The widespread use of antimicrobials in humans and animals has led to antimicrobial resistance around the world. Without action, this growing threat will continue to affect our ability to treat human and animal illnesses with the drugs we are used to using.
Everyone who uses or prescribes antimicrobials has a role to play in fighting the spread of antimicrobial resistance.
The Farmed Animal Antimicrobial Stewardship Initiative (FAAST) aims to tackle resistance head on through education, collaboration, and engagement across the value chain. Our mission is to help Ontario veterinarians, farmed animal owners, and their representative organizations:
- improve antimicrobial stewardship in farmed animals
- prepare for upcoming policy and regulatory changes, and
- preserve the efficacy of antimicrobials without compromising animal health or food safety
FAAST is a collaborative effort between the Ontario Veterinary Medical Association, government, academic, and industry partners. For more information, please contact us.
Stewardship today for a sustainable tomorrow
What changes are coming?
The Government of Canada is working in partnership with provinces, territories and industry to help control antimicrobial resistance and promote improved antimicrobial stewardship in both humans and animals. Health Canada has announced how it is taking action to help reduce the use of antimicrobials in animals and enhance veterinary oversight:
- By December 1, 2018, a veterinary prescription will be required for the purchase of antimicrobials that are important to human medicine. This means that Ontario producers will no longer be able to purchase such products at Livestock Medicines Outlets. It will be important to work with a veterinarian to purchase these products.
Antimicrobials in mixed feed will still be available at feed mills and will also require a prescription. Producers should discuss delivery options with their veterinarian if there are concerns about geographical distance to a veterinary office or obtaining products for timely treatment.
Products containing the following active ingredients will require a prescription (subject to change):
- Penicillin G
- Or their salts or derivatives
Ionophore products and coccidiostats will not be affected by this change.
- As of November 2017, approvals and access to low-risk veterinary health products such as “nutraceuticals” have been improved to give producers greater access to a broader range of products for animal health.
- Also beginning in November 2017, importation of antimicrobials that are important to human medicine for producers’ own use are no longer permitted. National producer organizations have been consulted on products that are exempted, but no products containing antimicrobials are eligible for exemption.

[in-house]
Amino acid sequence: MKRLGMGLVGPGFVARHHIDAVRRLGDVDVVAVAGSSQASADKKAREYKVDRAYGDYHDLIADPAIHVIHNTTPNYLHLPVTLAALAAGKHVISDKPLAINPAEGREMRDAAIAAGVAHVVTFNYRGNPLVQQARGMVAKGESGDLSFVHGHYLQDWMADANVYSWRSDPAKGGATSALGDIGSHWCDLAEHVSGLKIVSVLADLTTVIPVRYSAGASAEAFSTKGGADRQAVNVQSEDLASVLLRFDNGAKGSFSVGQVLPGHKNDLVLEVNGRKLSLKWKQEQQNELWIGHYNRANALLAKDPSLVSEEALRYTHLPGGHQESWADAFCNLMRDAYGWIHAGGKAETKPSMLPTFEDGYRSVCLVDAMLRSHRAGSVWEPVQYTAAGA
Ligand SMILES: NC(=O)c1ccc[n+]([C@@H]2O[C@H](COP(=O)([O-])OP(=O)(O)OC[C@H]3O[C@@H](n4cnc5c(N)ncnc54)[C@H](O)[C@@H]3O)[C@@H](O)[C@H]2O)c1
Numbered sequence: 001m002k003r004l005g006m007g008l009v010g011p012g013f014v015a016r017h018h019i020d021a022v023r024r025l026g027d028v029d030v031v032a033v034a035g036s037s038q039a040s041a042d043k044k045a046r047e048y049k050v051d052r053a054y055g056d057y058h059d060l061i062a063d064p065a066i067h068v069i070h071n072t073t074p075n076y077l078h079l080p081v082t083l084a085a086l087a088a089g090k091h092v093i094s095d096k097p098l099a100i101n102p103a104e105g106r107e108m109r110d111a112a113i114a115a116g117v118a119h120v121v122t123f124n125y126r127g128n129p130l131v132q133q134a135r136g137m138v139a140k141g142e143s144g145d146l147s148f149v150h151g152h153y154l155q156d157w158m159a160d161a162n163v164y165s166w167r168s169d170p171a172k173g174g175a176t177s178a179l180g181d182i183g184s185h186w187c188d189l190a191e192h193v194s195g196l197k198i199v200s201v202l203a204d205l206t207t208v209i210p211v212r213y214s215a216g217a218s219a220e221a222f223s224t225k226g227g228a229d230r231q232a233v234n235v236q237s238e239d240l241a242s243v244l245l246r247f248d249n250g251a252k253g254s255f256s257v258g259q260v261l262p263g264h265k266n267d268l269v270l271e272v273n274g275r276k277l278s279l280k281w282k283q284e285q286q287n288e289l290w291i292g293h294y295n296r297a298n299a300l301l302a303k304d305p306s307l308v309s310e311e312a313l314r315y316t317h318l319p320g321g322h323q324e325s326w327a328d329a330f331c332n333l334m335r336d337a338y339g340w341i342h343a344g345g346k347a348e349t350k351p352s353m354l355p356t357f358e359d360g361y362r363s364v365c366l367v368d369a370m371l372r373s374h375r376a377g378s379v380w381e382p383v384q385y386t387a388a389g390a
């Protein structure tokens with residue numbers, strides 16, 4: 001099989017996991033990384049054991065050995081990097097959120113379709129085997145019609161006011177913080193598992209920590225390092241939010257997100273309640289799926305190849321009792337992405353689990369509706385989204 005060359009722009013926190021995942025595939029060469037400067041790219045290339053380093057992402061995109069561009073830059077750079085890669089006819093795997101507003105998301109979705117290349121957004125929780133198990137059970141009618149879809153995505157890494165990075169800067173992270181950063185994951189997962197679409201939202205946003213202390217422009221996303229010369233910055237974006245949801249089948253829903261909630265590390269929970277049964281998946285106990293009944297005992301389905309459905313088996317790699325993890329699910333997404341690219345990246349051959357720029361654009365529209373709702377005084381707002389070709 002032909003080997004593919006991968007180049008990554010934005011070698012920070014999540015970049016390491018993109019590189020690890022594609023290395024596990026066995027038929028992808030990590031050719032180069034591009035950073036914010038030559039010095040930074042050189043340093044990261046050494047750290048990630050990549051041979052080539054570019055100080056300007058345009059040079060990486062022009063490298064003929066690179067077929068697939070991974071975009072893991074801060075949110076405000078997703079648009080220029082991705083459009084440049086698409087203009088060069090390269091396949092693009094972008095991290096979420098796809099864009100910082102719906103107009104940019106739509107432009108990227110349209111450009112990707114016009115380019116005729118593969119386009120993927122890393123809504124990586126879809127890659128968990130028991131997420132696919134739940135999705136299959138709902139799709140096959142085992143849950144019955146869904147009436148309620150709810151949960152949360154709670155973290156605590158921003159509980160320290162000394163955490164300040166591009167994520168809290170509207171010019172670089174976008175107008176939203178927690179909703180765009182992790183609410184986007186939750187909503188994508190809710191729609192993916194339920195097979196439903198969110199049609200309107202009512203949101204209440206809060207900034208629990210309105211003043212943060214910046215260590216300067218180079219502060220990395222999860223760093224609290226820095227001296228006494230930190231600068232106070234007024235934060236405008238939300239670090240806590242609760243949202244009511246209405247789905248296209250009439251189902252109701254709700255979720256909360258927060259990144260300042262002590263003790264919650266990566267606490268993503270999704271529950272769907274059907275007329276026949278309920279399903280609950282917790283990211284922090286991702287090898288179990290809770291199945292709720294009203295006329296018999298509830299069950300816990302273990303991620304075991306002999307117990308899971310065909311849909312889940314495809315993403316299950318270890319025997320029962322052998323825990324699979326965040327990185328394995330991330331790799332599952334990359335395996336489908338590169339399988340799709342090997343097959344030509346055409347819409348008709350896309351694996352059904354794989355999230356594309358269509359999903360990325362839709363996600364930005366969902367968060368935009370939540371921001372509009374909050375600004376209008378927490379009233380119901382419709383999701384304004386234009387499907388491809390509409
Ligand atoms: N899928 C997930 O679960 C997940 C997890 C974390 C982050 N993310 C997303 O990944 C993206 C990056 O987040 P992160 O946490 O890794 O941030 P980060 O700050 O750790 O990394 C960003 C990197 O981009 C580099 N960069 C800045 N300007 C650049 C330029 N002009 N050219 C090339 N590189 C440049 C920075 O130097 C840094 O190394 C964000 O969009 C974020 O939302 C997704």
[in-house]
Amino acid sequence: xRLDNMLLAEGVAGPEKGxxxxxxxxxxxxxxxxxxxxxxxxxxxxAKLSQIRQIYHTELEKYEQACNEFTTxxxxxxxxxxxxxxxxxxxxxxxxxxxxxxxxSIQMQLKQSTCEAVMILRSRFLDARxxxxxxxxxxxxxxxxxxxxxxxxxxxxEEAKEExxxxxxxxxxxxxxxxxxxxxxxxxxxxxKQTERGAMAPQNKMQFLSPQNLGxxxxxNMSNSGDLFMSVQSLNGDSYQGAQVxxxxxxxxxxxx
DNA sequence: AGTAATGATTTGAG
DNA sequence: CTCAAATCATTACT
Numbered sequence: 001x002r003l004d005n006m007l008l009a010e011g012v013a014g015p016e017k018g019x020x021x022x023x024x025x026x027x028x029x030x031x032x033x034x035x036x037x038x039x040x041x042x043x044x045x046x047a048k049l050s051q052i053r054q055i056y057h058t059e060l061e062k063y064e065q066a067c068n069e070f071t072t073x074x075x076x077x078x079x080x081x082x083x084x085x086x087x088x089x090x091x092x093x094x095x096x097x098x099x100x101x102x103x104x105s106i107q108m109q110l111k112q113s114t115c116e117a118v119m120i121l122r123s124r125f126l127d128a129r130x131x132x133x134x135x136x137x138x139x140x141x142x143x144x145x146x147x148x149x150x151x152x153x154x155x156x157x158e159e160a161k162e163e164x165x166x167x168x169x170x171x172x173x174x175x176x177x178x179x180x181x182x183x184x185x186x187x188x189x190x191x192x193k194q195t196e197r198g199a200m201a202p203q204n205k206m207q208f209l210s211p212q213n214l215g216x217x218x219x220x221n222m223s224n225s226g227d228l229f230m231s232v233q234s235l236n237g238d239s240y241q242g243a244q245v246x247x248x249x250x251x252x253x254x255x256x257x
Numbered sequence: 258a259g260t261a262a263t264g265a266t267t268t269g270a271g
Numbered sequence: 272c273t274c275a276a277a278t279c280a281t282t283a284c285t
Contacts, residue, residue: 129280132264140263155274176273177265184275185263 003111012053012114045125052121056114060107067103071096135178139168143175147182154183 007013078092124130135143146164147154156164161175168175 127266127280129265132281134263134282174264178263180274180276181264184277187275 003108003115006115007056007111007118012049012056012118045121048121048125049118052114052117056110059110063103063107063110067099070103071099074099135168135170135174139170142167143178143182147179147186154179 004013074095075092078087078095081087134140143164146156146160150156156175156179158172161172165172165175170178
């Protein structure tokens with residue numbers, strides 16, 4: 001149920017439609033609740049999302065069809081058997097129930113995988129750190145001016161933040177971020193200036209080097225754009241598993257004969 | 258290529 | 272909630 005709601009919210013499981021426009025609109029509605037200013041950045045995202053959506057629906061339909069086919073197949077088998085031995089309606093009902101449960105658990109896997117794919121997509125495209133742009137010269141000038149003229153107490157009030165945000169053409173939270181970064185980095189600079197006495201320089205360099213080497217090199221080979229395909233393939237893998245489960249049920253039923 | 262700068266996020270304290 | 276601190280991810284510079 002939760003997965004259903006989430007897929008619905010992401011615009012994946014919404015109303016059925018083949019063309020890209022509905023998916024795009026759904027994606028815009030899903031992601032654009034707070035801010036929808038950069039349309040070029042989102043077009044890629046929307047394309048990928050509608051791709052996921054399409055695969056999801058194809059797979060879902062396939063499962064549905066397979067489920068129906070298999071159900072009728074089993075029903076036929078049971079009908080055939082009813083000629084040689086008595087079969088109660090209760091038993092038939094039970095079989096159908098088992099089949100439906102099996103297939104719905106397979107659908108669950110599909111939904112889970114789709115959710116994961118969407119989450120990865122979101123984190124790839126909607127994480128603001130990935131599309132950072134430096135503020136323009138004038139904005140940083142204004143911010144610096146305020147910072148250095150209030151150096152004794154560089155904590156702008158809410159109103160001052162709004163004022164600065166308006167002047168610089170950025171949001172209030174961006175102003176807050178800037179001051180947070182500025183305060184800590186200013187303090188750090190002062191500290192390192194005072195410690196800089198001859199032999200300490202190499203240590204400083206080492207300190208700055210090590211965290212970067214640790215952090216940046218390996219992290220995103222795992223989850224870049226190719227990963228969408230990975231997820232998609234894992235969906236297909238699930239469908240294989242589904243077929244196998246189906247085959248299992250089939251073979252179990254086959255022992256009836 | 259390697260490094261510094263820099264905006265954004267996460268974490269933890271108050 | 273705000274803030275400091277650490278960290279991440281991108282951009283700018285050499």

- By May 2018, only those with a Canadian Food Inspection Agency Drug Establishment License (DEL) will be able to import active pharmaceutical ingredients. Producers will otherwise no longer be able to import these ingredients to mix on farm.
- Beginning with the 2018 sales year, reporting of veterinary antimicrobial sales will be mandatory for manufacturers, importers and compounders of veterinary antimicrobials.
- By December 2018, Growth promotion claims will be removed from the labels of veterinary products containing antimicrobials that are important to human medicine.
More from the FAAST team
Antimicrobial Stewardship in Food Animals in Canada: Progress on Recommendations and Stakeholder Activities
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The College of Veterinarians of Ontario (CVO) has developed a series of resources and infographics to assist veterinarians in navigating the changes t...
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New publication for the Canadian Integrated Program for Antimicrobial Resistance Surveillance (CIPARS)
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The Canadian Food Inspection Agency (CFIA) have prepared a new presentation on the Compendium of Medicating Ingredient Brochures (CMIB) for veterinari...
The Animal Nutrition Association of Canada (ANAC) have published the first listing of commercial feed mills in Canada. See below for the press release...
The Canadian Veterinary Medical Association (CVMA), with the input of key stakeholders, created the CVMA Guidelines for Veterinary Antimicrobial Use, ...
Recognizing the increased global attention to the threat of antimicrobial resistance, the Canadian turkey industry has been working towards the implem...
As of December 1, 2018, all medically important antimicrobials for veterinary use will be sold by prescription only. Through this initiative, the numb...